The Development of Legal Framework for Media and Freedom of Expression in South Sudan

Andiro Samuel, a 2015 Annenberg-Oxford participant and media lawyer in South Sudan, overviews the legal framework for media and freedom of expression in South Sudan.

After years of suppression and violation of fundamental human rights, the independence of South Sudan from the Khartoum regime in Sudan provided an opportunity for the establishment of a legal framework that could enhance the development and growth of vibrant and independent media in South Sudan. However, increasing reports of harassment faced by journalists and civil society in South Sudan have raised concerns that the world’s newest country is curtailing the basic freedom of expression and opinion. This post seeks to give a background for the development of media and media legal frameworks in South Sudan, and examine to what extent these legal frameworks protect media and the freedom of expression.

A Brief History of the Media and Legal Framework

The background to the media and legal framework for freedom of expression in South Sudan can be can be categorized into three main stages:

1950 – 1960: This period could be described as the period with no media presence. Primarily only religious literature introduced by the missionaries existed. However, the end of 1960s marked the beginning of the arrival of the print media.

1970 – 1980: In 1972, the Addis Ababa Agreement was signed, but before that newsletters were already being printed Southern Sudan. In 1974, the first radio station, Radio Juba, opened in Juba under the Sudan National Broadcasting Corporation. During the Southern Sudan Regional Government’s leadership, two print media outlets emerged: the government owned The Nile Mirror and privately owned The Guarding Star. A number of newsletters also emerged during this time.

1983 – 2005: Sudan’s longest civil conflict broke out during this period. This brought an end to ten years of media development (1972 – 1983). The Sudanese People Liberation Movement/Army (SPLM/A) launched Radio SPLA in 1984, and it became the only channel for information both in government and SPLM/A Controlled Areas. Radio SPLA became an effective liberation weapon until it was closed in 1996 and replaced by the print media known as The Update.[1] This paper existed until the signing of the Comprehensive Peace Agreement (CPA) in 2005 between the Government of Sudan and the SPLM/A. However, there were several other newsletters in circulation, although not regularly in the SPLA Controlled areas.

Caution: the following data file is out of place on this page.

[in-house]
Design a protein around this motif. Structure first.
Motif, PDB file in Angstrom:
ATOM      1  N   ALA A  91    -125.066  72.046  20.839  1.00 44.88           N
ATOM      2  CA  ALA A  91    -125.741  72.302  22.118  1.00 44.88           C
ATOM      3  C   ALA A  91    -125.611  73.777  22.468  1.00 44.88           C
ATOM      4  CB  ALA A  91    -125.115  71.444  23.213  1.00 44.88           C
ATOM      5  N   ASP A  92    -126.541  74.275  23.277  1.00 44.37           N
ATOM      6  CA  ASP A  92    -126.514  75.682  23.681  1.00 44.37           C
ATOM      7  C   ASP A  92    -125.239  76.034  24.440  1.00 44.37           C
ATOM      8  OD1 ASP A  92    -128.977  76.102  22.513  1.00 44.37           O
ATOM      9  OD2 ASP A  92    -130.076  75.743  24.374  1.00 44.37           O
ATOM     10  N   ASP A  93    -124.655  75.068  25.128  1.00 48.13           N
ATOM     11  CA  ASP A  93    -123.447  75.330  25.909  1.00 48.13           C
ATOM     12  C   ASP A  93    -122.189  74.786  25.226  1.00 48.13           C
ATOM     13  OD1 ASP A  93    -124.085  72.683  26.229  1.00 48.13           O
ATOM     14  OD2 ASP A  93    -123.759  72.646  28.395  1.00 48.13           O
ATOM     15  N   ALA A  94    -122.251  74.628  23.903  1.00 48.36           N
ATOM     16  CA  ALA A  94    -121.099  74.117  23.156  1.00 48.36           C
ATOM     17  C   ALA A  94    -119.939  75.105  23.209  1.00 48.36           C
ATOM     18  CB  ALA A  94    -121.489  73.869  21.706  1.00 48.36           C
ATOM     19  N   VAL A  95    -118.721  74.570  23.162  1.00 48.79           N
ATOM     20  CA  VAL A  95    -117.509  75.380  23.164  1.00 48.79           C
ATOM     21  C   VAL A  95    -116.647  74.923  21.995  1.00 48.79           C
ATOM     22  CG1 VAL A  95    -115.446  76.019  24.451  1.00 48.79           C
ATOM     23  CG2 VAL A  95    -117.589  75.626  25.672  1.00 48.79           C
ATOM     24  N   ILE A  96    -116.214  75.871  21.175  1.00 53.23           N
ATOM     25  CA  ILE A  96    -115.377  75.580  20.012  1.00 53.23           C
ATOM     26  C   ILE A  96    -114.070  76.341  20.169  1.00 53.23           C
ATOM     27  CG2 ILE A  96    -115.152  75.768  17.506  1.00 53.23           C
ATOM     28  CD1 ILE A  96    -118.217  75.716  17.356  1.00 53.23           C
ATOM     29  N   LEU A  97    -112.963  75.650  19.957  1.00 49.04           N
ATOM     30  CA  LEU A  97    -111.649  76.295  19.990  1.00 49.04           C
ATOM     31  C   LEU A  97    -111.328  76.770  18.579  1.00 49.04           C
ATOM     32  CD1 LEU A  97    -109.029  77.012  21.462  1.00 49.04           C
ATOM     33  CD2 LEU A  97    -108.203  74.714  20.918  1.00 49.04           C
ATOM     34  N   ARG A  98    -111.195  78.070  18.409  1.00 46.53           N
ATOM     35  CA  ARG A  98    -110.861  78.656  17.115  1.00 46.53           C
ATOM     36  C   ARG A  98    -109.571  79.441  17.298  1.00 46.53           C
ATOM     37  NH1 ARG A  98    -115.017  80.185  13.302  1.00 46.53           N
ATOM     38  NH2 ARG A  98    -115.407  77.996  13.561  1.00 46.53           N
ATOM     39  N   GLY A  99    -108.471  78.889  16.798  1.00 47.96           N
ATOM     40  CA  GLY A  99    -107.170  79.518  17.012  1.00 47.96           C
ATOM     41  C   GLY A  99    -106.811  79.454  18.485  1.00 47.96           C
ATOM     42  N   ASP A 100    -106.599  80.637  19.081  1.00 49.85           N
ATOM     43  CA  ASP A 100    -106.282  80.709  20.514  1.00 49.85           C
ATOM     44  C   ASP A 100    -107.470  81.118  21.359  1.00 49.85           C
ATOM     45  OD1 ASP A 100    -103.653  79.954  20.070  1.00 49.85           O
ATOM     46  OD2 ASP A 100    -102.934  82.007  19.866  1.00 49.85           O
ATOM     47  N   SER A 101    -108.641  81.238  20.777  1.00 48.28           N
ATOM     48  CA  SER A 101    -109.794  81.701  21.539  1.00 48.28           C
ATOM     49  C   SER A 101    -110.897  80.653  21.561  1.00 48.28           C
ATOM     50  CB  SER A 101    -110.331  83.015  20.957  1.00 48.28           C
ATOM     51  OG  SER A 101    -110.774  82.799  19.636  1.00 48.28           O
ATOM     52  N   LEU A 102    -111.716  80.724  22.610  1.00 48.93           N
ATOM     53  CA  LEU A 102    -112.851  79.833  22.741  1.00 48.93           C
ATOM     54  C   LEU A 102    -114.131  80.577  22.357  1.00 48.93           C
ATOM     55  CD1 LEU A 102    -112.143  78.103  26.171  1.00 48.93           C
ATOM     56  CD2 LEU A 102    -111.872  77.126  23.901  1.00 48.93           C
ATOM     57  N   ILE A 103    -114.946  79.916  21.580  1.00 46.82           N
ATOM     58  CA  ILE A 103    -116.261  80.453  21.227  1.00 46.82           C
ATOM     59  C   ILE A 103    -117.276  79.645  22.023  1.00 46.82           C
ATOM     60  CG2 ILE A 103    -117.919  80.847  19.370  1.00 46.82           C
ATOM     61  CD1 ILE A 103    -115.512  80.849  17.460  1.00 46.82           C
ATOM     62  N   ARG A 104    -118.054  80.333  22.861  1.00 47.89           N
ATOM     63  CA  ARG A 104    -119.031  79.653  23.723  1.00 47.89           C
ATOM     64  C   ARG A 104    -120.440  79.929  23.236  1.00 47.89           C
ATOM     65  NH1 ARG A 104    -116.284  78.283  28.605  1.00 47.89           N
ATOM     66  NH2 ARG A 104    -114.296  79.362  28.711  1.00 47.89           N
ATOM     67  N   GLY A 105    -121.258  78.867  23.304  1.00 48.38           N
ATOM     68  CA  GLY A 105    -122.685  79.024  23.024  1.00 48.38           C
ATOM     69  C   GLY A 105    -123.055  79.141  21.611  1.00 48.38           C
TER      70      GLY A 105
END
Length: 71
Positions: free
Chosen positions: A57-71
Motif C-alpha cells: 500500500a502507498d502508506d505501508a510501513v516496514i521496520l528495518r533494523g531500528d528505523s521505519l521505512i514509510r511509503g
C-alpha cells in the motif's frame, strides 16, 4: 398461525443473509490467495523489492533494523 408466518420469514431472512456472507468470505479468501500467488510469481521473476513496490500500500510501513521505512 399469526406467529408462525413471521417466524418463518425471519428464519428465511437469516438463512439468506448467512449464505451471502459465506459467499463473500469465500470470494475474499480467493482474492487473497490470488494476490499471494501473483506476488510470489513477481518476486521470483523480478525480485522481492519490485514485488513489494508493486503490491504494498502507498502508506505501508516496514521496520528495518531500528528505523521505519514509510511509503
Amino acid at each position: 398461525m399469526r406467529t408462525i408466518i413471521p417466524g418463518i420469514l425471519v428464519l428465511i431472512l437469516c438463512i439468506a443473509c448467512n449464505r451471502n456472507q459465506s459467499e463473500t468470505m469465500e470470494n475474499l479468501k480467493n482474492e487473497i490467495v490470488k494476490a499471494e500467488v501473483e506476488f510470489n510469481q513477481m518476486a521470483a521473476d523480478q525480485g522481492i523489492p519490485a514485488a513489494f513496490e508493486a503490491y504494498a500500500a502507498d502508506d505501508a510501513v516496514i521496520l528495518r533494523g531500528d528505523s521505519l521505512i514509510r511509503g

Pre-Independence Media & Media Laws in South Sudan

The signing of the Comprehensive Peace Agreement (CPA) January 2005, which came into force between 2005-2011, provided the Government of Sudan and the Sudanese People’s Liberation Movement/Army with the legal framework for media and freedom of expression in South Sudan. Under the Interim Constitutions of Sudan and South Sudan (2005) the CPA laid the legal foundation for the interim government both in Sudan and South Sudan. Specifically Articles 28 and 36 outline key media freedom rights.

Article 28 of Interim Constitution provided for the freedom of expression in the following terms:

Every citizen shall have an unrestricted right to the expression, reception and dissemination of information, publication and access to the press without prejudice to order, safety or public morals as determined by law

Article 36 protects the right of access for information by stating:

Every citizen has the right of access to official information and records, including electronic records in the possession of any level of government, except where the release of such information is likely to prejudice public security or the right to privacy of any other person.

Post-Independence Media and Media Laws in South Sudan